Tuesday, August 8, 2017

Ship Shape

Captain's Log, August 8, Easptort, Maryland

Visiting the Maritime Republic of Eastport - and, yes, that's what residents call this place and what's emblazoned on their flag because of course they have their own flag to differentiate themselves from the residents of Annapolis - for a couple of days guarantees a good time.

Across from my friend's house is a heavily shaded lot on which sits an odd Tudor-ish house, part brick and painted in places a dated, stale green. When I comment how out of place it looks for this waterfront community, my friend says it's the home of James Gamble of Procter & Gamble.

"He's a hoarder!" she shares and looking at the off-kilter, faded, plaid curtains in the front windows, it's not hard to imagine the neglected -looking house as stuffed with the detritus of a lifetime or more.

And soap, lots of dried out bars of soap, I'd imagine.

At the end of her street, a mere three houses down and just past the Annapolis School of Seamanship, is Back Creek, so each time she arrives home, she has a water view. I was terribly impressed with that until she reminded me that Eastport is a promontory, so I can walk in 3 of 4 directions and be at the water.

Still, that view would make me happy every time I was outside.

Come dinnertime, she asked where I wanted to eat and while I love the  restaurants of Chef Cindy Wolf she's taken me to, I wanted to go eat crabs riverside. Never mind that a half dozen large crabs cost more than my utility bills combined because Cantlers gets some monster crabs.

Before we even began cracking them open, I inhaled a bowl of Maryland crab soup thick with vegetables and crab while she went for a special of jambalaya. We followed that with tastes of a crab pretzel, a distinctly Annapolis creation that I'd seen on another menu but just can't get behind.

I see no reason to slather a perfectly good hot pretzel with crab dip and then drown it in melted cheese. How can you appreciate any of those elements that way?

The sky was too cloudy to see the full moon, not that we didn't try, although it was enough to appreciate dusk settling in over the river and watch the shadows fade to darkness, the white hulls of the boats still visible long after the sun set.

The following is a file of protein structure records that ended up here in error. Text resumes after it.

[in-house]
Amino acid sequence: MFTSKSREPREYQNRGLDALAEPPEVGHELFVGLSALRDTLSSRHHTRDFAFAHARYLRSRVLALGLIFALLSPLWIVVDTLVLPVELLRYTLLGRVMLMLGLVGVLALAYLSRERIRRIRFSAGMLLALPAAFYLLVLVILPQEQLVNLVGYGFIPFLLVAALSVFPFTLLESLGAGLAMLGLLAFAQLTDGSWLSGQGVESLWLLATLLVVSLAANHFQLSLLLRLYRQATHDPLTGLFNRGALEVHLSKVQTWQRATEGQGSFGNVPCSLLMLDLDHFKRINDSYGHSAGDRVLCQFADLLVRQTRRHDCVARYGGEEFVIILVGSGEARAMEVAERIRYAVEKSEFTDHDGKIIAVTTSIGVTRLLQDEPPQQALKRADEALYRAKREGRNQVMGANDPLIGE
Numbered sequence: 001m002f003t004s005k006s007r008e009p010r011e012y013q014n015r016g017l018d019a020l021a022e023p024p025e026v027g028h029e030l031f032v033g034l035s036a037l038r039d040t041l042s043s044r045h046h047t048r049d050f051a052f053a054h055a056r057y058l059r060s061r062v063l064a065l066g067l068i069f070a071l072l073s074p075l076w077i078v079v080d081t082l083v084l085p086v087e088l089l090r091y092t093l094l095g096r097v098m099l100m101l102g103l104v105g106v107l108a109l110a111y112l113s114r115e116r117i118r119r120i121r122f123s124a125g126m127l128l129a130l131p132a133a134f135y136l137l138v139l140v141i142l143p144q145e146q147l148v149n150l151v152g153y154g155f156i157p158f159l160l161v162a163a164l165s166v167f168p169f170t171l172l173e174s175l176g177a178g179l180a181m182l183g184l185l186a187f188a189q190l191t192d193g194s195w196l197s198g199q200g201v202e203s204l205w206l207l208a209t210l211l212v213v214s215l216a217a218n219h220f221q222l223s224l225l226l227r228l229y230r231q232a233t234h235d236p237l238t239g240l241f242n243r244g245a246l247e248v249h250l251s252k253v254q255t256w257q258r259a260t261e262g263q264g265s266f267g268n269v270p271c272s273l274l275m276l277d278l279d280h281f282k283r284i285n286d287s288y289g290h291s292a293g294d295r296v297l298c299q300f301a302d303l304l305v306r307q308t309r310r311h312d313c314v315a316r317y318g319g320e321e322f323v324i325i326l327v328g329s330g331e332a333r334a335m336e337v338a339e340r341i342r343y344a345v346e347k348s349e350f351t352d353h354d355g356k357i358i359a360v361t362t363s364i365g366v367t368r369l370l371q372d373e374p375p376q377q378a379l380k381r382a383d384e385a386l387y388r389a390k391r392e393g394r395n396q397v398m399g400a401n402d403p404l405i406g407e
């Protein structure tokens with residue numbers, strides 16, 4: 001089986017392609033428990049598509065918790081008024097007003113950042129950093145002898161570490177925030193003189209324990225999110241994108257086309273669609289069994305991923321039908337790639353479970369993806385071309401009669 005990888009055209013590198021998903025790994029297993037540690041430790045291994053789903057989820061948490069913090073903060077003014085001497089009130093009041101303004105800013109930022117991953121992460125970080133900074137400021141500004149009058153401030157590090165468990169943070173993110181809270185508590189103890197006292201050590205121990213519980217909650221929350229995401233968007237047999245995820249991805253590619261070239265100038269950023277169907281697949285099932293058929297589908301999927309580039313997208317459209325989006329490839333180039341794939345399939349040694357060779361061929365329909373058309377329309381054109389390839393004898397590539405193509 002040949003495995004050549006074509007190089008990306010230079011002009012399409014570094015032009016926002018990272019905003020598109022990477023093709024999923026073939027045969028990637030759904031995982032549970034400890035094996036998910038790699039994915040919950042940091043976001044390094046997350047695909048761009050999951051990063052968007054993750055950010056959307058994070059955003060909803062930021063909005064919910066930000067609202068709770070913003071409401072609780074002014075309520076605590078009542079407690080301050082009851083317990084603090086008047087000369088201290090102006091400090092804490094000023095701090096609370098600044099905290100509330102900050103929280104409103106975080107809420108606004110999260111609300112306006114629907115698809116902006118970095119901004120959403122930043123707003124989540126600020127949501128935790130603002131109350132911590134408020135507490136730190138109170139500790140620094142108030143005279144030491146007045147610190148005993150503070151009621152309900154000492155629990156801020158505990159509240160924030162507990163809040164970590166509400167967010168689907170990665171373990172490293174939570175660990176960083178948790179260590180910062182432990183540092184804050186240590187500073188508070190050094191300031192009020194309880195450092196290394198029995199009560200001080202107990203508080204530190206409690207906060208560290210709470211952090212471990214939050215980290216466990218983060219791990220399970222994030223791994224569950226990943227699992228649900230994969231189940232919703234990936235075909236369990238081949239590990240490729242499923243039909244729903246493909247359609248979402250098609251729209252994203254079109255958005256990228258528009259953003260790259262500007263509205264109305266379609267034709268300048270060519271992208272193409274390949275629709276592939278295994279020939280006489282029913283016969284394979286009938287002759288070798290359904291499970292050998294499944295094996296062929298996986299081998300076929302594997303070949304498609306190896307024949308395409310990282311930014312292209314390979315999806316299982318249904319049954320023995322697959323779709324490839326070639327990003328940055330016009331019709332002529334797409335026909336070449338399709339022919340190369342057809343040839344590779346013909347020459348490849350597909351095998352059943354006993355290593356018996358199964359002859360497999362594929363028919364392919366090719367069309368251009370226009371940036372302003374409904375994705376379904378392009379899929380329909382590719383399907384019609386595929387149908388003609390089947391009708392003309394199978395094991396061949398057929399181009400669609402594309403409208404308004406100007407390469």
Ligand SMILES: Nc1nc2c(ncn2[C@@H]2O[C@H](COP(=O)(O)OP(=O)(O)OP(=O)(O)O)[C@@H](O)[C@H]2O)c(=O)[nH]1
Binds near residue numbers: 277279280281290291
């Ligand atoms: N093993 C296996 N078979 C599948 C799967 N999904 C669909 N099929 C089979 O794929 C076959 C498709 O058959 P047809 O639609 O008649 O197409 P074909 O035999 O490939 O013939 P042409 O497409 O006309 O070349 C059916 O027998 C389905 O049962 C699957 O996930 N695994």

Walking back through the dining room, I paused to read a tabletop, or, more precisely, read a 1986 newspaper article encased in yellowed epoxy adhered to a table that had doubtless been whacked zillions of times by crab-eaters.

Bent over, intent on enjoying the dated journalism, a man walks up to me and announces that I must be an athlete. Um, no, anything but, sir, I tell him, but he's not convinced. "Well, with a figure that great, you must do something!" he insists. "Do you play tennis?"

As if. Would you accept walk? Just as I'm reaching for a pithy comeback, my friend calls me over to the bar to introduce me to John, an older man she's just met. Or so she thinks.

Laying eyes on John and his glass stuffed with slices of cucumber, I recognize him immediately. He was sitting at the end of the bar a year ago when I was in and we both met him then.

She has no memory of this while mine is crystal clear, but she's been to Cantlers countless times while I've been only on 6 or 7 occasions, noting more than once that all the men here look like they can fix a diesel engine, if you know what I mean.

I think it's just part of the Eastport mystique, like sleeping with the windows open so I can hear masts clanging gently against each other all night.

Walking through the parking lot, we overhear a man ask his two companions, "Aren't you glad you didn't order just crabs? You'd still be hungry if you had. You can thank me later."

I could have taken a moment to point out that the only people who walk away from eating crabs still hungry are amateurs and that the only way to move beyond that status is to eat crabs as often as possible, but my friend shook her head.

No good reason to harsh a maritime mellow.

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